Tag Archive for moodle_administration

Moodle Administration (Alex Büchner, Packt Publishing)

Moodle Administration

How ironic it is to read a commercial book about open-source software! I was nonetheless intrigued when Packt Publishing invited me to review a complimentary copy of Moodle Administration. Why not give book learning another try? I might find new value and improve my knowledge of Moodle.

Moodle Administration presents a clear and thorough review of essential concepts and tasks for Moodle site administrators. Büchner consistently focuses on his priority audience, staff who are tasked with installing and managing Moodle. He stays away from systems administration or course construction tasks. The guide will make sense in a variety of contexts, from campus-based schools and universities to virtual schools.

Moodle’s own structure guides the book’s organization. Chapter topics include installation, course management, user management, look and feel, security, backup and restore, backup and restore, and networking. This makes the book easy to use for a variety of purposes: an introduction to the new Moodle administrator, a refresher for a current Moodle admin, or as a quick reference for specific topics.

The Moodle community maintains its own documentation for administrators. These freely-accessible, maintained documents also cover the basics of site administration and follow Moodle’s structure. Why buy the book? Overall, Büchner’s focused effort demonstrates greater thoroughness and consistency than does the online documentation. One finds an appropriate level of detail and visuals throughout the book. That said, some explanations of the administrative interface reference and borrow from existing, free Moodle documentation.

The book helped fill a number of gaps in my knowledge, many of them new features in version 1.9 and some older. I will look into the Accessibility Options module as a way to provide screen-reading and high-contrast themes to three of our users. I enjoyed the clear explanation of how to set up parent roles using the mentee function, though I did not find the answer to my longstanding question of how to most easily provide parent access to their child’s courses. I had heard of Mahara e-portfolio integration, but the book’s explanation provided me with more complete context for the relationship than I had previously encountered. I learned a lot about how to synchronize enrollment with our student information system, which we may do one day. I also learned about file access via WebDAV, which could help teachers who maintain large file collections, but I was left curious when the book only demonstrated how to connect a Windows client to a WebDAV-enabled system.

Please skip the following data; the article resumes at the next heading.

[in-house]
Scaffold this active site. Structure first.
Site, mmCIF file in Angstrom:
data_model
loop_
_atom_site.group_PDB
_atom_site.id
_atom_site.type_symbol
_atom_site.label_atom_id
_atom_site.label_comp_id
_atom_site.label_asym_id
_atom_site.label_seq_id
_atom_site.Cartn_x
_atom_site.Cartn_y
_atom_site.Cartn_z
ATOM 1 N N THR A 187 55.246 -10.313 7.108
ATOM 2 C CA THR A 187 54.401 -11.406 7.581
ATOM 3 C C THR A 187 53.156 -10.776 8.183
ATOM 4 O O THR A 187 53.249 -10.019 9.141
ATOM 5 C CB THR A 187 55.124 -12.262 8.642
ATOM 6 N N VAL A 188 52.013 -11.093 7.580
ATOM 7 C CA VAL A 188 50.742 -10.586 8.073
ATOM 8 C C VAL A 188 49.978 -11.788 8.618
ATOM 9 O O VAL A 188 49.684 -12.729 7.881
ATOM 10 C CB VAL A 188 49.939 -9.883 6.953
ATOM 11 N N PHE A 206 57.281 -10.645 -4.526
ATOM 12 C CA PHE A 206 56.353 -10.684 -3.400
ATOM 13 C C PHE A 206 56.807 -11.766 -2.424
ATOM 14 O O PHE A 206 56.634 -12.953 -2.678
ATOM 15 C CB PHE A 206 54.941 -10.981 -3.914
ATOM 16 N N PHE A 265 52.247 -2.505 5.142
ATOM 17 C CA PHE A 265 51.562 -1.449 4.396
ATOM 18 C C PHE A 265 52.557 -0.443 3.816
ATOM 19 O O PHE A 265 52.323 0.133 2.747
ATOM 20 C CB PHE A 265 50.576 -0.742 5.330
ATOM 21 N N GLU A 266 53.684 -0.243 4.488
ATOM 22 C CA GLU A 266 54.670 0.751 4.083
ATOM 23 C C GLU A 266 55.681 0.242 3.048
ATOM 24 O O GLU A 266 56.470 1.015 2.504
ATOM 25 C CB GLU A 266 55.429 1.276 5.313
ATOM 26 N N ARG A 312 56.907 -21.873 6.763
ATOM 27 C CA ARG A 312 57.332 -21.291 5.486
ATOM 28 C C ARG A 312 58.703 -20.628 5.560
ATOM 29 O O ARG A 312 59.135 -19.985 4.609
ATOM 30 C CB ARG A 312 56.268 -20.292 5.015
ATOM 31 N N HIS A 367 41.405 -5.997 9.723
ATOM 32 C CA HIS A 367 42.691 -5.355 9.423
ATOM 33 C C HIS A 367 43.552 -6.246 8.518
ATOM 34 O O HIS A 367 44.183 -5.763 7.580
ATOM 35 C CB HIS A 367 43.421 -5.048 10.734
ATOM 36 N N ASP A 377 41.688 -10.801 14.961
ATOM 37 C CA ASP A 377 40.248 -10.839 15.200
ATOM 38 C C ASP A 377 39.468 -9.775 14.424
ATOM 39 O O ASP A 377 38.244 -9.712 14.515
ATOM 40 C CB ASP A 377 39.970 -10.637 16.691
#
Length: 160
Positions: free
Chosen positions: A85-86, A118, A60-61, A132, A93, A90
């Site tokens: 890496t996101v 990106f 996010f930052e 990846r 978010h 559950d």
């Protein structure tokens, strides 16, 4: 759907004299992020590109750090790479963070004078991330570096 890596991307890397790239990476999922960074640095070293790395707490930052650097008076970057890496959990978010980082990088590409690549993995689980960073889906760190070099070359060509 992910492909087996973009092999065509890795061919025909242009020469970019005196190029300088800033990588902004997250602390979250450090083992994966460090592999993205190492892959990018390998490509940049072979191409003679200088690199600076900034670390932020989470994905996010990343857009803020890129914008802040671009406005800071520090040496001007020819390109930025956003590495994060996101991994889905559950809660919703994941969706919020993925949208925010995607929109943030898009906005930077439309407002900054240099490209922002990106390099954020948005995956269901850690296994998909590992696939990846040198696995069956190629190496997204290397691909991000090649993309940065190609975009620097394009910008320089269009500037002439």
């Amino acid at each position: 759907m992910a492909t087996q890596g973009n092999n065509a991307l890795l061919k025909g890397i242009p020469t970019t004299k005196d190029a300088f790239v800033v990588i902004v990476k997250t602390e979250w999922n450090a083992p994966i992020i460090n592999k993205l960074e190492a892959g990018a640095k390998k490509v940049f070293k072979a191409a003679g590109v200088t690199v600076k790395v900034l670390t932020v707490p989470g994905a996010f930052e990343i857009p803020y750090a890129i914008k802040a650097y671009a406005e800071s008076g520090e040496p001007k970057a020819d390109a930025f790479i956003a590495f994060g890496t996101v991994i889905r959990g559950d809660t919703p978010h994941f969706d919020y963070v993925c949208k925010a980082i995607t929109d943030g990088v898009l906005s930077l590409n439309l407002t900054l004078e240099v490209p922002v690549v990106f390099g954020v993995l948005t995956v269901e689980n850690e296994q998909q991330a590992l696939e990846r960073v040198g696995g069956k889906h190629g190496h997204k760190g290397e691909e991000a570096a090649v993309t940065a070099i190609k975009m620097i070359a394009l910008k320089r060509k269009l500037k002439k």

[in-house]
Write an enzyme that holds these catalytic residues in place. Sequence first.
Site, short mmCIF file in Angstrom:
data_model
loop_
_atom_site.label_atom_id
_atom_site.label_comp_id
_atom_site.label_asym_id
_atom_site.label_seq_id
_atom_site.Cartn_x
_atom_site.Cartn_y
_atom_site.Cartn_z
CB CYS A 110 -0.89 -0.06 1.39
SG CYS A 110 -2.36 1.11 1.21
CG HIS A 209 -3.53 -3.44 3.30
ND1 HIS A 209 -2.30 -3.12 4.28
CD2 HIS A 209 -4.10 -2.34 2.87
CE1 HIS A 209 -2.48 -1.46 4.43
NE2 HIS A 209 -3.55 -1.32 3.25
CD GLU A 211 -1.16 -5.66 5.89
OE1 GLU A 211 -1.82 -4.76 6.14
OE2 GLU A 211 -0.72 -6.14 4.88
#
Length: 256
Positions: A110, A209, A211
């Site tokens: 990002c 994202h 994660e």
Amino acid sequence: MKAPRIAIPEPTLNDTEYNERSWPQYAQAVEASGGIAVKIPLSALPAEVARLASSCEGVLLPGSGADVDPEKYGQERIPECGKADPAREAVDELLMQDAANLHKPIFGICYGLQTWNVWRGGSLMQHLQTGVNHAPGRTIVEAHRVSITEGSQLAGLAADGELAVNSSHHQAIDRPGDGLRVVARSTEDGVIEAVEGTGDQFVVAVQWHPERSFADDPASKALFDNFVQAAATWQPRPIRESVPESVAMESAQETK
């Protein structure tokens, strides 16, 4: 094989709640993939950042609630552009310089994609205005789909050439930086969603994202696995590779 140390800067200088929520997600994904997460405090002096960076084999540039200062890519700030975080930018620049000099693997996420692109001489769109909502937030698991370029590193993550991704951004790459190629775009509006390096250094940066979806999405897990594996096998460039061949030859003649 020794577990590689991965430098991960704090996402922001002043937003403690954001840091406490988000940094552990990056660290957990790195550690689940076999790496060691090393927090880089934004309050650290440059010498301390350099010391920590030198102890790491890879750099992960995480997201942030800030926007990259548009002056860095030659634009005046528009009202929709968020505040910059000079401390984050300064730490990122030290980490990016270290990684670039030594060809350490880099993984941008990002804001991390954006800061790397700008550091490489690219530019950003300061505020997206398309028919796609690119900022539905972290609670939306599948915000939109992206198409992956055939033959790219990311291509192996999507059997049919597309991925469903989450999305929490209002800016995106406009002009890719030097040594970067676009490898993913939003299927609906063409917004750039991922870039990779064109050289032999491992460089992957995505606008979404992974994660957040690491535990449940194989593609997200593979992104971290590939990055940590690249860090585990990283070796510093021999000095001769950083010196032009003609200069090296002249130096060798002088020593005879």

I wish the book had spent more time on year-to-year transitions. Büchner alludes to year-end and start-of-year administrative tasks, underscores the importance of planning your course organization ahead of time, and explains both importing activities and restore from backup. Büchner could more fully explain different ways to help teachers who want to carry their course from one year into the next. I don’t recall a reference to the Reset Course feature or manual approaches that teachers may use to keep some content and remove others from one year to the next.

Ideally, the Moodle community would make this quality of documentation available online. In the meantime, this book should find a receptive audience. I am pleased to read that Packt donates a portion of the proceeds from the sale of the book to the Moodle project. I trust that Büchner’s company, Synergy Learning, regularly contributes core code and modules to the Moodle project.

While academic technology specialists and teachers bear the most responsibility to understand how Moodle may support a constructionist learning environment, the Moodle administrator also plays a role. Moodle Administration misses the opportunity to educate Moodle admins on what makes Moodle different from its peers and competitors. The book could draw particular attention to configuration and maintenance tasks that facilitate student-centered instruction. For example, what block configurations typically accompany the Social Format for courses? How could students use their personalized calendar views to manage their own assignments? How may one allow more student control over course content? What features do students use to monitor course activity, especially in discussion forums? How does one configure inline commenting to provide more opportunities for teacher-student dialogue around completed work? In other words, it is great to know the function of each configuration setting, but should we not also teach the purpose?

The book encourages me to explore two of Packt Publishing’s other Moodle titles, Moodle Teaching Techniques and Moodle E-Learning Course Development. These may provide more of the broader perspective on administering Moodle that I seek. On the other hand, how many school staff would spend about $150 US in order to purchase them all?

Moodle E-Learning Course Development  20081108-moodle_teaching_techniques.png

Moodle Administration fulfills its primary goal, to provide clear, comprehensive explanations of all of the major components of Moodle 1.9 to staff responsible for system installation and maintenance. It should serve as a useful introduction to new Moodle administrators or a reference manual for current admins. Advanced Moodle administrators may find the text useful as a refresher.